Forbes v. Forbes

Annotate this Case
[Civ. No. 15409. First Dist., Div. Two. June 4, 1953.]

ALEXANDER FORBES, Respondent, v. BEULAH FORBES, Appellant.


Henry B. Nathan for Appellant.

William Klein and James A. Himmel for Respondent.



Defendant and cross-complaint Beulah Forbes was granted an interlocutory decree of divorce on the ground of extreme cruelty. She has appealed from certain [118 Cal. App. 2d 325] portions of the decree only insofar as they settled some of the property rights of the parties. For convenience of statement the respective parties will be referred to hereafter as the husband and the wife.

The husband has legal title to an apartment house referred to in the briefs as the Scott Street property. This was acquired by the husband prior to the marriage of the parties and the purchase price was partly paid by him before marriage. After the marriage the balance of the payments on the purchase price of this property were made partly from funds which were determined to be the community property of the parties and partly from an account in which community and separate funds had been commingled. The trial court decreed that the Scott Street property "is the separate property of Alexander V. Forbes, the plaintiff and cross-defendant herein. ... Provided, however, that Alexander V. Forbes ... is to pay to the defendant and cross-plaintiff the sum of $2209.55 as her interest in the said described real property."

The court ruled that the value of the Scott Street property was immaterial and its value was not found.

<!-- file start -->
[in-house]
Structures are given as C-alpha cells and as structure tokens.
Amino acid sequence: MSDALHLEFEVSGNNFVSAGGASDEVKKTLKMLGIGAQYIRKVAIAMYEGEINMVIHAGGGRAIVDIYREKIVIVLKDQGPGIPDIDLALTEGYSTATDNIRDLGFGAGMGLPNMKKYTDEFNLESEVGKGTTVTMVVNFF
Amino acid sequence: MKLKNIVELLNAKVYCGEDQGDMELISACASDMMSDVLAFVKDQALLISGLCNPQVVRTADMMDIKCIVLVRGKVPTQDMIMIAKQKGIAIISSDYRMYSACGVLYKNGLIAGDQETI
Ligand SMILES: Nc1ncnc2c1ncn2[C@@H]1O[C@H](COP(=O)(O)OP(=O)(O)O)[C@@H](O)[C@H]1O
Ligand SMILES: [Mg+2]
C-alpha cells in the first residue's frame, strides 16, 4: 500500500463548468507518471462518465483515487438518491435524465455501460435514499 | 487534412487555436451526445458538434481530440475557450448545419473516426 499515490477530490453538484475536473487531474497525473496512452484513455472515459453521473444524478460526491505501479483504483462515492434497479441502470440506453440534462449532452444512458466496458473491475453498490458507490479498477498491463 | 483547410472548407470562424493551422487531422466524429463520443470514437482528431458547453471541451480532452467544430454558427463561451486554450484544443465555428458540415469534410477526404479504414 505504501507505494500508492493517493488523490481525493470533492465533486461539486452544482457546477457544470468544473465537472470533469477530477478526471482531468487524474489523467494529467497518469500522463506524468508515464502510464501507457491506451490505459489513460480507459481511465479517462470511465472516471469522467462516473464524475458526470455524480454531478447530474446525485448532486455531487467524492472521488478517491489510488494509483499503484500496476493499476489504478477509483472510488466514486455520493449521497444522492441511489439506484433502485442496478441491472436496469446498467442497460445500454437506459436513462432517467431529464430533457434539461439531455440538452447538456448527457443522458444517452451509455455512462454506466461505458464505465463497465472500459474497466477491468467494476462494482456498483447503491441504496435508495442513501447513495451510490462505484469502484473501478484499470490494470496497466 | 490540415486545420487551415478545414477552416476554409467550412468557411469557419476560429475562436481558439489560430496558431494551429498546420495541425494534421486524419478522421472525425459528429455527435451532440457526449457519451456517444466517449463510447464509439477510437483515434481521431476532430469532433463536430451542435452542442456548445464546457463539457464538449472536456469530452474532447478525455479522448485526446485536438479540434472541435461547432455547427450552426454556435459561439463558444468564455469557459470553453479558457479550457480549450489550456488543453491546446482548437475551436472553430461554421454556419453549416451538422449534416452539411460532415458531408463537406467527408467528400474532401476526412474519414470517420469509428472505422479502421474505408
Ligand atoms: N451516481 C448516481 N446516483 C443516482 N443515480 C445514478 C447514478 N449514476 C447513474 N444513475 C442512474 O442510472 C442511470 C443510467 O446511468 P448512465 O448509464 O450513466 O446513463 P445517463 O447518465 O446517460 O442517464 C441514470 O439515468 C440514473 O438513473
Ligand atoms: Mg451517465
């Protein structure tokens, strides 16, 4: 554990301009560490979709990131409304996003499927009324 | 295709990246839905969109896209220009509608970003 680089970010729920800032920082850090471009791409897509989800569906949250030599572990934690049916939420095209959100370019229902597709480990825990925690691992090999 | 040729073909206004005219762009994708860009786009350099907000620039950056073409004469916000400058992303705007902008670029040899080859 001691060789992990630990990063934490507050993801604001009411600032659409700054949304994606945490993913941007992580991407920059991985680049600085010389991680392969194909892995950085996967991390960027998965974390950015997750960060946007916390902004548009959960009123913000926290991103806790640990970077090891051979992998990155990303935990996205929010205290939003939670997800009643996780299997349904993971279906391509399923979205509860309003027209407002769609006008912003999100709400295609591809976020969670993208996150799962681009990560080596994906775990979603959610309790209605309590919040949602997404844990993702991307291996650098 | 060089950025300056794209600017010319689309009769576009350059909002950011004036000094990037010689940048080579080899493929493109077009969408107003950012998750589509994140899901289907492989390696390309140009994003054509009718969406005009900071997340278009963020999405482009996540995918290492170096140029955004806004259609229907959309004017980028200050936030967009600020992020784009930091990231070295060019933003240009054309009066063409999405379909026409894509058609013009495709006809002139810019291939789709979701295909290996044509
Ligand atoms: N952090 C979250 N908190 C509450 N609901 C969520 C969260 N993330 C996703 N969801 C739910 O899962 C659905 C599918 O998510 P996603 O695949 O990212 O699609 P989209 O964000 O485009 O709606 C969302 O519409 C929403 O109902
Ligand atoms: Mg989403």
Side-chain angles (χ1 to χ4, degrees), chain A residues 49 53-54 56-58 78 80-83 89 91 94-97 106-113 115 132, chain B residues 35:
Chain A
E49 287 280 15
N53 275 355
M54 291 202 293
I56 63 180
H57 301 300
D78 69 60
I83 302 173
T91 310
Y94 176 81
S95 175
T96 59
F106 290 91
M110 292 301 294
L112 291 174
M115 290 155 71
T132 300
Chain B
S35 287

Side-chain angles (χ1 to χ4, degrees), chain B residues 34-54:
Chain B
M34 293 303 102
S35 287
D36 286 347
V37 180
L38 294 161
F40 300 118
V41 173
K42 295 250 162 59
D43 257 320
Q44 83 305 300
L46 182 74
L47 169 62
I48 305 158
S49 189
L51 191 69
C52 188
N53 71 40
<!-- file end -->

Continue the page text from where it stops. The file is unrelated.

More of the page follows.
[1] Contrary to the rule adopted in most community property states, under which the community has only the right of reimbursement for payments made with community funds on the purchase price of property purchased by one spouse before marriage (1 de Funiak, Principles of Community Property, § 64. pp. 153-154; McKay, Community Property, 2d ed., § 535, pp. 361-362), the rule developed through the decisions in California gives to the community a pro tanto community property interest in such property in the ratio that the payments on the purchase price with community funds bear to the payments made with separate funds (Vieux v. Vieux, 80 Cal. App. 222 [251 P 640]; Maskuns v. Maskuns, 93 Cal. App. 27 [268 P. 1093]; Estate of Caswell, 105 Cal. App. 475 [288 P. 102]; Estate of Ball, 92 Cal. App. 2d 93 [206 P.2d 1111]; Giacomazzi v. Rowe, 109 Cal. App. 2d 498 [240 P.2d 1020]). The same rule has repeatedly been applied in the case of life insurance policies procured by the husband before marriage where community funds are used to pay the premiums after marriage. (Modern Woodmen of America v. Gray, 113 Cal. App. 729 [299 P 754]; McBride v. McBride, 11 Cal. App. 2d 521 [54 P.2d 480]; Gettman v. City of Los Angeles Dept. of W & P., 87 Cal. App. 2d 862 [197 P.2d 817]; Field v. Bank of America, 100 Cal. App. 2d 311 [223 P.2d 514]; cf. Travelers Ins. Co. v. Fancher, 219 Cal. 351 [26 P.2d 482].) [118 Cal. App. 2d 326]